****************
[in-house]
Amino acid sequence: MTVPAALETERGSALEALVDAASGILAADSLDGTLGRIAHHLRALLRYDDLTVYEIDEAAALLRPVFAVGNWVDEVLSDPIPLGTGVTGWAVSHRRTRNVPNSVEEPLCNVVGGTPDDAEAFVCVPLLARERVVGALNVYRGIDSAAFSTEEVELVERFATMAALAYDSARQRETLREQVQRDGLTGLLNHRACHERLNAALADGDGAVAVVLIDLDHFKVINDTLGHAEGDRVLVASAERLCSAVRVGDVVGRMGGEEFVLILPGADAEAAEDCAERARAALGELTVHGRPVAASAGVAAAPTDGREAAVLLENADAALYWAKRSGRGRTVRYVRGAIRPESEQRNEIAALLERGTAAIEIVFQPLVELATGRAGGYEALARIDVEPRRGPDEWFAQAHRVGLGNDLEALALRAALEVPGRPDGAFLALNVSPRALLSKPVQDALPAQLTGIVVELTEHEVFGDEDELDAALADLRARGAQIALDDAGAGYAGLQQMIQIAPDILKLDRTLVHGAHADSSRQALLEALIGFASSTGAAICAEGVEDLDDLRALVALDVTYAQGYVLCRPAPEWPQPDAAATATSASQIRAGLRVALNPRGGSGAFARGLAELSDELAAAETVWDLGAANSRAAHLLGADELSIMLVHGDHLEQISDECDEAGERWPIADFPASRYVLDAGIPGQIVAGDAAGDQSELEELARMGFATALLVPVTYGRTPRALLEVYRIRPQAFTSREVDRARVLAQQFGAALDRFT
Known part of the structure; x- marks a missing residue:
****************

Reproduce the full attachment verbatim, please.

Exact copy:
[in-house]
Amino acid sequence: MTVPAALETERGSALEALVDAASGILAADSLDGTLGRIAHHLRALLRYDDLTVYEIDEAAALLRPVFAVGNWVDEVLSDPIPLGTGVTGWAVSHRRTRNVPNSVEEPLCNVVGGTPDDAEAFVCVPLLARERVVGALNVYRGIDSAAFSTEEVELVERFATMAALAYDSARQRETLREQVQRDGLTGLLNHRACHERLNAALADGDGAVAVVLIDLDHFKVINDTLGHAEGDRVLVASAERLCSAVRVGDVVGRMGGEEFVLILPGADAEAAEDCAERARAALGELTVHGRPVAASAGVAAAPTDGREAAVLLENADAALYWAKRSGRGRTVRYVRGAIRPESEQRNEIAALLERGTAAIEIVFQPLVELATGRAGGYEALARIDVEPRRGPDEWFAQAHRVGLGNDLEALALRAALEVPGRPDGAFLALNVSPRALLSKPVQDALPAQLTGIVVELTEHEVFGDEDELDAALADLRARGAQIALDDAGAGYAGLQQMIQIAPDILKLDRTLVHGAHADSSRQALLEALIGFASSTGAAICAEGVEDLDDLRALVALDVTYAQGYVLCRPAPEWPQPDAAATATSASQIRAGLRVALNPRGGSGAFARGLAELSDELAAAETVWDLGAANSRAAHLLGADELSIMLVHGDHLEQISDECDEAGERWPIADFPASRYVLDAGIPGQIVAGDAAGDQSELEELARMGFATALLVPVTYGRTPRALLEVYRIRPQAFTSREVDRARVLAQQFGAALDRFT
Known part of the structure; x- marks a missing residue: